levetiracetam, Keppra, Keppra XR
Omudhome Ogbru, PharmD
Omudhome Ogbru, PharmD
Dr. Ogbru received his Doctorate in Pharmacy from the University of the Pacific School of Pharmacy in 1995. He completed a Pharmacy Practice Residency at the University of Arizona/University Medical Center in 1996. He was a Professor of Pharmacy Practice and a Regional Clerkship Coordinator for the University of the Pacific School of Pharmacy from 1996-99.
Medical and Pharmacy Editor:
GENERIC NAME: levetiracetam
BRAND NAME: Keppra, Keppra XR
DRUG CLASS AND MECHANISM: Levetiracetam is an antiseizure (antiepileptic) drug. Its mechanism of action is unknown, but it inhibits the spread of seizure activity in the brain. In studies, addition of levetiracetam to other antiseizure drugs reduced the frequency of seizures more than placebo. The FDA approved levetiracetam in November 1999.
PREPARATIONS: Tablets (immediate release): 250, 500, 750 and 1000 mg. Tablets (extended release): 500and 750 mg. Oral solution: 100 mg/ml. Injection solution: 100 mg/ml.
STORAGE: Levetiracetam should be stored at 25 C (77 F). Brief storage at 15-30 C (59-86 F) is acceptable.
PRESCRIBED FOR: Levetiracetam is used in combination with other antiseizure medications to treat myoclonic, partial onset, or tonic clonic seizures in children and adults.
DOSING: The recommended daily dose of levetiracetam in adults is 3000 mg. Therapy is initiated with 1000 mg daily (500 mg twice daily) and increased by 1000 mg/day every two weeks up to the maximum recommended dose of 3000 mg/day. Immediate release tablets, oral solution, and intravenous solutions are administered twice daily, and extended release tablets are administered once daily. The recommended daily dose for children is 60 mg/kg (30 mg/kg twice daily). Therapy is initiated with 20 mg/kg (10 mg/kg twice daily) and increased by 20 mg/kg every two weeks until the recommended daily dose of 60 mg/kg is reached.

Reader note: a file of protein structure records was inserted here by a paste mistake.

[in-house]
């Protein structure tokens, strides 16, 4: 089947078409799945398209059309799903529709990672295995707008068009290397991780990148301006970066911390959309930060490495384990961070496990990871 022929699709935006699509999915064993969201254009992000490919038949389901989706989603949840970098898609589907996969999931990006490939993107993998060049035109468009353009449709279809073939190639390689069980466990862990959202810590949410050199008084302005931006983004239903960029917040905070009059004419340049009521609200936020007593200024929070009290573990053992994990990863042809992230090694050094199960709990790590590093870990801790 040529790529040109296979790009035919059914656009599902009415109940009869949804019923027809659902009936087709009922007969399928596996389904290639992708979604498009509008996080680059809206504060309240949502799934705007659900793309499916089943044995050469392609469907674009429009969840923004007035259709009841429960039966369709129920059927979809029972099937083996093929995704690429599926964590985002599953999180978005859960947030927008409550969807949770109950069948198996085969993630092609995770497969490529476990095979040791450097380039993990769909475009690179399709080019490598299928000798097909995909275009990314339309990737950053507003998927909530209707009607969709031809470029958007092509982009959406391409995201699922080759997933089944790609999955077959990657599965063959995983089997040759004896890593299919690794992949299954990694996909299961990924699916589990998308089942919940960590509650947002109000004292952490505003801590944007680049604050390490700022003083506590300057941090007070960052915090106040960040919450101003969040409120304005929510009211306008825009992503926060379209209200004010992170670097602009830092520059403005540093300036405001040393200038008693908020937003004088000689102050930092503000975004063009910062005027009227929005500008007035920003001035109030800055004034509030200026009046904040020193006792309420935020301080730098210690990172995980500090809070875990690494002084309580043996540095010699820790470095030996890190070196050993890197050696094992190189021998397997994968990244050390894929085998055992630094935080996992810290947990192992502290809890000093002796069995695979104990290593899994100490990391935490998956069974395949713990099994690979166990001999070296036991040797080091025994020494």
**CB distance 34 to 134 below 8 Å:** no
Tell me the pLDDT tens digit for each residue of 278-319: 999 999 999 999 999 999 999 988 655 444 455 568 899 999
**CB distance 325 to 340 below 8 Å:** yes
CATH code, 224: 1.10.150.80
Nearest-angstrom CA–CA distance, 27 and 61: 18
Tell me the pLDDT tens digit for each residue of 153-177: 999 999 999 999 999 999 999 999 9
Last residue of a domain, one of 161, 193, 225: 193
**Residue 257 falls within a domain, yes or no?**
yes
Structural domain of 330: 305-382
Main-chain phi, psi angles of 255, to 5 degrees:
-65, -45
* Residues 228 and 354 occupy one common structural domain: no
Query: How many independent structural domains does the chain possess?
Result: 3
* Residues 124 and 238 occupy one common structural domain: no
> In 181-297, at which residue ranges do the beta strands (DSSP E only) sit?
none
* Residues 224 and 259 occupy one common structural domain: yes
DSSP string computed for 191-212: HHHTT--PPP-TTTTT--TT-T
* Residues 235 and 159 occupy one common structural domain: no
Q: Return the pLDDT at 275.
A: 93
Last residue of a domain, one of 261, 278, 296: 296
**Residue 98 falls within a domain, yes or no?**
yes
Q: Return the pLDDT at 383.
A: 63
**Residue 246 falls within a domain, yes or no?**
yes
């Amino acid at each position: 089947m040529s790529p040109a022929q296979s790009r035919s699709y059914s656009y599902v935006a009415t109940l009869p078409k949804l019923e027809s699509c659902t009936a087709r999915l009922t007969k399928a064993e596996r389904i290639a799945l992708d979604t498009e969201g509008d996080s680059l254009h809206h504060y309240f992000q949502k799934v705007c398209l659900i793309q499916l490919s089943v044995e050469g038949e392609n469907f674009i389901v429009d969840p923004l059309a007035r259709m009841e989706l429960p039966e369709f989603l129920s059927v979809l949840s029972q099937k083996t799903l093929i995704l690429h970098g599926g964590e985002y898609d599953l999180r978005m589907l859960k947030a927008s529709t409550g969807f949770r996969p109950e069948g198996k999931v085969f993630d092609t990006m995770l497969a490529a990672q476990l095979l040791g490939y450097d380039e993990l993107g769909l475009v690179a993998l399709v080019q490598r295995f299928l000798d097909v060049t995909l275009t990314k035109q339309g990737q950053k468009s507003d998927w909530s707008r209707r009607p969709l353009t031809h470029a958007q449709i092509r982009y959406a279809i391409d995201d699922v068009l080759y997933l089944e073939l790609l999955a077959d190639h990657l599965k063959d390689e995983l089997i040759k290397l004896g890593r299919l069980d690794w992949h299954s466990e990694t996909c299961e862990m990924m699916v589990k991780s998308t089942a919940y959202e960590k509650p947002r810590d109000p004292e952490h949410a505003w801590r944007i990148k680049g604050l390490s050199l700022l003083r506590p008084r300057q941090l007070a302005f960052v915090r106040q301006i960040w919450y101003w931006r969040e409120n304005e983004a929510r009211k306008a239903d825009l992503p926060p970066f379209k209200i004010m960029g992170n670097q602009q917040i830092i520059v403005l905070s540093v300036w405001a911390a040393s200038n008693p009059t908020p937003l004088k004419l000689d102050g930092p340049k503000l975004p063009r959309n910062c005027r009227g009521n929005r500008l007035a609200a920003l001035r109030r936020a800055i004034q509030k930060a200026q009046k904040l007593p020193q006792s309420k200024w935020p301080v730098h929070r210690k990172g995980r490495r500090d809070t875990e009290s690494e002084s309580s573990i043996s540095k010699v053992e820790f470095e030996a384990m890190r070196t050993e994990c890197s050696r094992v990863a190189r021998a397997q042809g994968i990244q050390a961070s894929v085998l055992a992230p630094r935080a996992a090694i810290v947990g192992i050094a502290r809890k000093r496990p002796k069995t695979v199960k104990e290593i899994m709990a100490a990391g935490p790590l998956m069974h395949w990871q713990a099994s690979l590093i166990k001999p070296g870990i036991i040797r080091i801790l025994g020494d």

DRUG INTERACTIONS: Probenecid (Benemid) reduces the elimination of levetiracetam by the kidneys, potentially doubling the concentration of levetiracetam in the body. This could lead to side effects from probenecid.
PREGNANCY: Levetiracetam has not been adequately studied in pregnant women. Levetiracetam is used during pregnancy only if the benefit justifies the potential risk to the fetus.
NURSING MOTHERS: Levetiracetam is excreted in breast milk. To avoid potential serious side effects in infants who are breastfeeding mothers should consider not breast-feeding while taking levetiracetam.
SIDE EFFECTS: Common side effects associated with levetiracetam include headache, sleepiness, weakness, dizziness, and infection. Difficulty walking or moving, hostility, irritability, mood swings, anxiety, hallucinations, and delusions also have been associated with levetiracetam. A small number of patients may experience a decrease in red or white blood cell counts. Like other antiseizure medications, levetiracetam should not be discontinued suddenly because of the risk of increased seizure activity.
Antiepileptic medications have been associated with increased risk of suicidal thinking and behavior. Anyone considering the use of antiepileptic drugs must balance this risk of suicide with the clinical need. Patients who are started on therapy should be closely observed for clinical worsening, suicidal thoughts, or unusual changes in behavior.
Reference: FDA Prescribing Information
Last Editorial Review: 12/10/2008
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